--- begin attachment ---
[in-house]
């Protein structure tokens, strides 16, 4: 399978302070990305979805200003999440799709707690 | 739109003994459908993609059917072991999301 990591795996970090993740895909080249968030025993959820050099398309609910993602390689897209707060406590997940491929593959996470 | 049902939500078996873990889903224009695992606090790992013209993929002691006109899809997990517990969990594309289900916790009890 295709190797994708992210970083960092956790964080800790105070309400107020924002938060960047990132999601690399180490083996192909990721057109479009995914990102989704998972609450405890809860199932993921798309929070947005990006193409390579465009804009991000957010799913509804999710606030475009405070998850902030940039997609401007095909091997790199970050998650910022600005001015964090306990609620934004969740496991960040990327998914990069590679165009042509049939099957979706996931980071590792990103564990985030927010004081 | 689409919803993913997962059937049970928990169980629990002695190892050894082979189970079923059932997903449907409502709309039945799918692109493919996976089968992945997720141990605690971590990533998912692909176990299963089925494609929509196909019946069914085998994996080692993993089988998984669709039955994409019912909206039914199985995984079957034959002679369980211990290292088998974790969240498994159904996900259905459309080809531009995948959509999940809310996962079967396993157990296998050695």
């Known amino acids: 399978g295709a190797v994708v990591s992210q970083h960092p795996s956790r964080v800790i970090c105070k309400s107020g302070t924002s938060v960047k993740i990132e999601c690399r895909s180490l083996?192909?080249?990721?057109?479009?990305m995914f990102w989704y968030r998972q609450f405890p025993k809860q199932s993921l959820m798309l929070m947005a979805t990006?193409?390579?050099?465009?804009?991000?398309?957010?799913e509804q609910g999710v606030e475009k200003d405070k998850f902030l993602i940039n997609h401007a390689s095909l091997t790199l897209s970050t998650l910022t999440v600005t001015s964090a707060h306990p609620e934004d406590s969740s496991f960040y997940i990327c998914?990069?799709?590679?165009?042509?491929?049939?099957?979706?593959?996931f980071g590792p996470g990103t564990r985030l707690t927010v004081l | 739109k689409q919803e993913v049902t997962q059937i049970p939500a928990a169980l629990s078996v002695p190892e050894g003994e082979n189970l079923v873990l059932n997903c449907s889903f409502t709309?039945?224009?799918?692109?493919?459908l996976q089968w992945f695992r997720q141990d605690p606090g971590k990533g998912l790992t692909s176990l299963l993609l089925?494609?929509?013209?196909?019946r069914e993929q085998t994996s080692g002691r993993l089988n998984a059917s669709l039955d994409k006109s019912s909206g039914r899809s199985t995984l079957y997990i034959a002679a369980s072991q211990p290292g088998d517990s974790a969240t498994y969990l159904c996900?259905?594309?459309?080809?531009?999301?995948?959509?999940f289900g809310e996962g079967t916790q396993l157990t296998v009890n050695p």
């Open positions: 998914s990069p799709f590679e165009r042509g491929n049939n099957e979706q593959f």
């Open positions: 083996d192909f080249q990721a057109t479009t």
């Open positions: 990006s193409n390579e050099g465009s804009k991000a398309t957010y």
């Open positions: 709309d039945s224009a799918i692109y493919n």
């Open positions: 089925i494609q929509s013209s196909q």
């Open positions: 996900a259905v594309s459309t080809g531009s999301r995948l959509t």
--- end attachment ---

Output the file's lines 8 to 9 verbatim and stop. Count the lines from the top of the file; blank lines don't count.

């Open positions: 089925i494609q929509s013209s196909q």
């Open positions: 996900a259905v594309s459309t080809g531009s999301r995948l959509t």